'Global Epicenter' of Problematic Cholesterol Has Shifted

By Linda Carroll

June 04, 2020

(Reuters Health) - High cholesterol is on the rise in low- and middle-income countries while declining in wealthier ones, an international team of researchers finds in a new analysis.

Based on more than 1,000 population-based studies that measured blood lipids in over 100 million adults from around the world, the results show that between 1980 and 2018, prevalence of high non-HDL cholesterol has fallen in wealthier nations, while it has risen in low- and middle-income nations.

"There has been a massive shift in where the highest levels of hazardous cholesterol are: from western countries, especially northwestern Europe, North America and Australia/New Zealand to countries in southeast Asia and some other middle-income regions," said study coauthor Majid Ezzati, a professor and Chair in Environmental Health at Imperial College London, in the UK.

What's driving the shift?

"Changes in diet - especially the balance between saturated fats/trans fats and non-saturated fats - and how widely treatment is used," Ezzati said in an email.

To look at trends in "non-optimal" cholesterol, Ezzati and his team analyzed data from 1,127 population-based studies that measured blood lipids in 102.6 million adults from 200 countries between the years 1980 and 2018.

Although the researchers found little change in total cholesterol or non-HDL cholesterol worldwide, they did find a shift: over the nearly four decades studied, high cholesterol levels had decreased in wealthier countries, especially those in northwestern Europe and central and eastern Europe, and they had increased in poor and middle-income countries, especially in east and southeast Asia.

China, for example, was among the countries with the lowest prevalence of high non-HDL cholesterol in 1980, but by 2018 it was among those with the highest prevalence, the authors report in Nature.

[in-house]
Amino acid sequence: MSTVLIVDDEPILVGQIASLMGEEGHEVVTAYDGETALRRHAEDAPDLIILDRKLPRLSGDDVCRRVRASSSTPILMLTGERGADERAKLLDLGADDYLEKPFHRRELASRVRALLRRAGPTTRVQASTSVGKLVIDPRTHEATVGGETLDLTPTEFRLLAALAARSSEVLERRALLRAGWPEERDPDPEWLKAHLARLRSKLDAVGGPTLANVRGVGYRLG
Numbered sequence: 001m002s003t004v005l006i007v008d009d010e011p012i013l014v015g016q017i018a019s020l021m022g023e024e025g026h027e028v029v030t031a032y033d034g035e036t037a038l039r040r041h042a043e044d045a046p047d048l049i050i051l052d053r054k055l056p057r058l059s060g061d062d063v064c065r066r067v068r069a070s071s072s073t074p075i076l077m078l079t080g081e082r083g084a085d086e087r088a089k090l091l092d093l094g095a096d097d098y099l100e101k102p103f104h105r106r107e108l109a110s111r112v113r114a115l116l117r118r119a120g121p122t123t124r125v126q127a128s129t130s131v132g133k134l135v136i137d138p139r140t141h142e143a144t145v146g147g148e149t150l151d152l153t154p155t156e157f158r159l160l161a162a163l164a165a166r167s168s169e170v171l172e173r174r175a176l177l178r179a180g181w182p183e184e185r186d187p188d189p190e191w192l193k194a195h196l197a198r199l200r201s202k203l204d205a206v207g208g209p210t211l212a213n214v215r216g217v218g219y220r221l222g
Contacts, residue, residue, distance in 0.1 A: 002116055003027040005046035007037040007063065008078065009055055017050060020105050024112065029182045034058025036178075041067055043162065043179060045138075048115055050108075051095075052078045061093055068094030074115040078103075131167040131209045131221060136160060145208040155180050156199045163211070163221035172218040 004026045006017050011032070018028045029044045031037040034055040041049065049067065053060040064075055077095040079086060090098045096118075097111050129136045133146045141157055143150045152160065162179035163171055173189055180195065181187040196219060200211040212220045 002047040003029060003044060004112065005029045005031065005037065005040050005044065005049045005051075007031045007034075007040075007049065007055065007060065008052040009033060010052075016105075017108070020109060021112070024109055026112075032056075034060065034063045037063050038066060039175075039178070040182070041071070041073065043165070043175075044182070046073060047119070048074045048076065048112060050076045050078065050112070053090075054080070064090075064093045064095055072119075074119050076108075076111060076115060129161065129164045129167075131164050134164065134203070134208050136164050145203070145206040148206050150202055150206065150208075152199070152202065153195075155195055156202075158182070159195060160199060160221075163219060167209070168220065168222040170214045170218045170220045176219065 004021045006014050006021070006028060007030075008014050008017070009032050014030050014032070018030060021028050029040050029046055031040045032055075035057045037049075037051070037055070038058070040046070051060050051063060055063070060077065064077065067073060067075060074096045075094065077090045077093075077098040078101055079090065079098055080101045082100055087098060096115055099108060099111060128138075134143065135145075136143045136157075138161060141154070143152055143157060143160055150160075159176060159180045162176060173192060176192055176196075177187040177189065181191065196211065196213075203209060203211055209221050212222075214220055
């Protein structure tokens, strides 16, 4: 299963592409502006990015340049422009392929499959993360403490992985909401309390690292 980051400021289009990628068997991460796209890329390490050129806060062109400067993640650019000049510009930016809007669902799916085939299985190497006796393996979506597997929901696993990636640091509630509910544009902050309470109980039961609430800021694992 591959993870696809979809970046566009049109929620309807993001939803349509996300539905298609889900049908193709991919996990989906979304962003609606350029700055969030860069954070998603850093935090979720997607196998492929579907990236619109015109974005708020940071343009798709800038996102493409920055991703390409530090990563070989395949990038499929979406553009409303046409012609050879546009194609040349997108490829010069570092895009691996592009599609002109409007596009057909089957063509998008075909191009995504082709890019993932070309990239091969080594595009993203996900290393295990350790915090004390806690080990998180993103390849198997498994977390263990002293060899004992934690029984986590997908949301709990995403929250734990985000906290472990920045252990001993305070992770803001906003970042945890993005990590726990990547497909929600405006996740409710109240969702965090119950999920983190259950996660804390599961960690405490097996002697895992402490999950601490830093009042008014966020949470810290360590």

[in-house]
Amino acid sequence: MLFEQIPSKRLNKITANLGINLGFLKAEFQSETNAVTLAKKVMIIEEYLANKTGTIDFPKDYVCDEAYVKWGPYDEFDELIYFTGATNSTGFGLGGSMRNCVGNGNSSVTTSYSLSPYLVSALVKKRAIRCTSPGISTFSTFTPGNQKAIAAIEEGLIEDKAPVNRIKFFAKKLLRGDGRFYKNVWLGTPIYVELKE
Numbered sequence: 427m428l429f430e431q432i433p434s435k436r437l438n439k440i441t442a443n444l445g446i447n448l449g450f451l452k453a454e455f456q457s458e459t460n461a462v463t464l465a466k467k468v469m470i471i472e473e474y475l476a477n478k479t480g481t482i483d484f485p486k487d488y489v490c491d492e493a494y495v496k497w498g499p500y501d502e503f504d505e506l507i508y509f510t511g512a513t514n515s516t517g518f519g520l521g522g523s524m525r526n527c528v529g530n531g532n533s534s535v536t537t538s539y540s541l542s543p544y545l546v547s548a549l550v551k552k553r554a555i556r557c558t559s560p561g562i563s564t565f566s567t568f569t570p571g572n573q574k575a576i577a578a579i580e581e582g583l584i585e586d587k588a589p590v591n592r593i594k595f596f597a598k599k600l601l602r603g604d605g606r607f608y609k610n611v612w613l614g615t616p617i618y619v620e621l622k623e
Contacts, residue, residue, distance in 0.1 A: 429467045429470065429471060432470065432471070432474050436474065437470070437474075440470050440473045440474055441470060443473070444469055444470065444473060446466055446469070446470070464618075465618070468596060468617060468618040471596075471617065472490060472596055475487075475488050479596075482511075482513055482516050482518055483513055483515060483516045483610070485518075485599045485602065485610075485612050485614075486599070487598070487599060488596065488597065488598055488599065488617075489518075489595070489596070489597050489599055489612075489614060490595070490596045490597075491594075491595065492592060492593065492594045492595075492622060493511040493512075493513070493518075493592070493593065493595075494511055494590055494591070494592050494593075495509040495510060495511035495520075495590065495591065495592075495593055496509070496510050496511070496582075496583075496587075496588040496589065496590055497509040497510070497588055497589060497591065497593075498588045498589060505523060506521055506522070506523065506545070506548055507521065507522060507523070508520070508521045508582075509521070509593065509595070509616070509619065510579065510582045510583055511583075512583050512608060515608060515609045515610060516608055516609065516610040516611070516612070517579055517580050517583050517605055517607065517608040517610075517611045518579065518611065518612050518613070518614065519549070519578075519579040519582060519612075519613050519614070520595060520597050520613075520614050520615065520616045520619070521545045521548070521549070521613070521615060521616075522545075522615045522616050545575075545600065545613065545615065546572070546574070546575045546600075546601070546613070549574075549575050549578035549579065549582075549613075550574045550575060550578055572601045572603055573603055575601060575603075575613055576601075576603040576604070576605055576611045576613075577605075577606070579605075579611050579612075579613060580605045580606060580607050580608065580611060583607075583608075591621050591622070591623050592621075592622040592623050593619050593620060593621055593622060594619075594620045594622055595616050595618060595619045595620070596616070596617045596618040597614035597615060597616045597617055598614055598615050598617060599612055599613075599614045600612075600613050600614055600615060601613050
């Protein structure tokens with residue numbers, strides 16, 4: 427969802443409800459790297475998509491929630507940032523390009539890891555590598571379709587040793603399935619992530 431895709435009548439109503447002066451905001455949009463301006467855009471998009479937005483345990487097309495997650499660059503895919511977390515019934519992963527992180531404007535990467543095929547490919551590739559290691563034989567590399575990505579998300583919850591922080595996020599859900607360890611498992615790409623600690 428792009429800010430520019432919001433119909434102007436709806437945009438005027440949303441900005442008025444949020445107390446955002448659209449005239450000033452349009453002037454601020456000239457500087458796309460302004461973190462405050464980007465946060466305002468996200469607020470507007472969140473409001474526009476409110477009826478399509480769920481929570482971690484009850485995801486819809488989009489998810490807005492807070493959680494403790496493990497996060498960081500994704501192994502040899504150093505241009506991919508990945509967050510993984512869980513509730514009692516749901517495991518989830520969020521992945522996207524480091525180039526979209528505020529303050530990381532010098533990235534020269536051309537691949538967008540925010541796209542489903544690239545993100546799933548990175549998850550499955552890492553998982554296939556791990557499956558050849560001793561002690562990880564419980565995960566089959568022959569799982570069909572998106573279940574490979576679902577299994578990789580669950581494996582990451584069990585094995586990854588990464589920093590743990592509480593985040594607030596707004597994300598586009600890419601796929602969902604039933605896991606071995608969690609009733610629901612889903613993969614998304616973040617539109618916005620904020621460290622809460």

And the impact of those high cholesterol levels could be seen in death rates. In 2017, high non-HDL cholesterol was responsible for an estimated 3.9 million worldwide deaths from ischemic heart disease and ischemic stroke, the researchers calculate. From 1990 to 2017, the annual number of deaths caused by ischemic heart disease and ischemic stroke attributable to non-HDL cholesterol increased by 910,000 globally. Particularly striking, though, was a net decrease in mortality from those causes in western countries during the same time period, from a high of 950,000 to 480,000 annually.

What's the best way to fix the problem? "Regulatory and fiscal policies that shift from saturated fats and trans fats to unsaturated fats, and scaling up treatment," Ezzati said.

The new study confirms what many have suspected, said Dr. Albert Wu, an internist and a professor of health policy and management at the Johns Hopkins Bloomberg School of Public Health, in Baltimore.

"It used to be that high-income westernized countries had a franchise on high cholesterol," Dr. Wu said. "We have exported our bad habits in a particularly unfortunate consequence of cultural imperialism."

"In these low- and middle-income countries people are also suffering from more obesity, diabetes and hypertension and that's largely attributable to diets that are high in animal-based foods, saturated fats and refined carbohydrates."

Increasing rates of high cholesterol in people from Asian and African countries has come as their economies have improved, said Dr. Aryan Aiyer, an assistant professor of medicine at the University of Pittsburgh School of Medicine and a preventive cardiologist at the UPMC Heart and Vascular Institute.

Dietary changes, which included more foods from animal sources and processed foods, have come with those economic improvements, Dr. Aiyer said in an email. "In addition, a more sedentary lifestyle and decreased physical activity both contribute to an increase in weight which very likely leads to higher cholesterol," he added.

Even with lower cholesterol levels in western countries, cardiovascular disease remains a major problem, Dr. Aiyer said.

"While overall cholesterol levels may have decreased in higher income countries, the prevalence of obesity has not, Dr. Aiyer said. "In fact, obesity has increased steadily in the U.S. So, there is a disconnect between obesity and observed cholesterol levels. I suspect it's because a lot more people in the U.S. are prescribed statins by their doctors to treat the high cholesterol due to poor dietary habits."

SOURCE: https://bit.ly/306IXCX Nature, online June 3, 2020.

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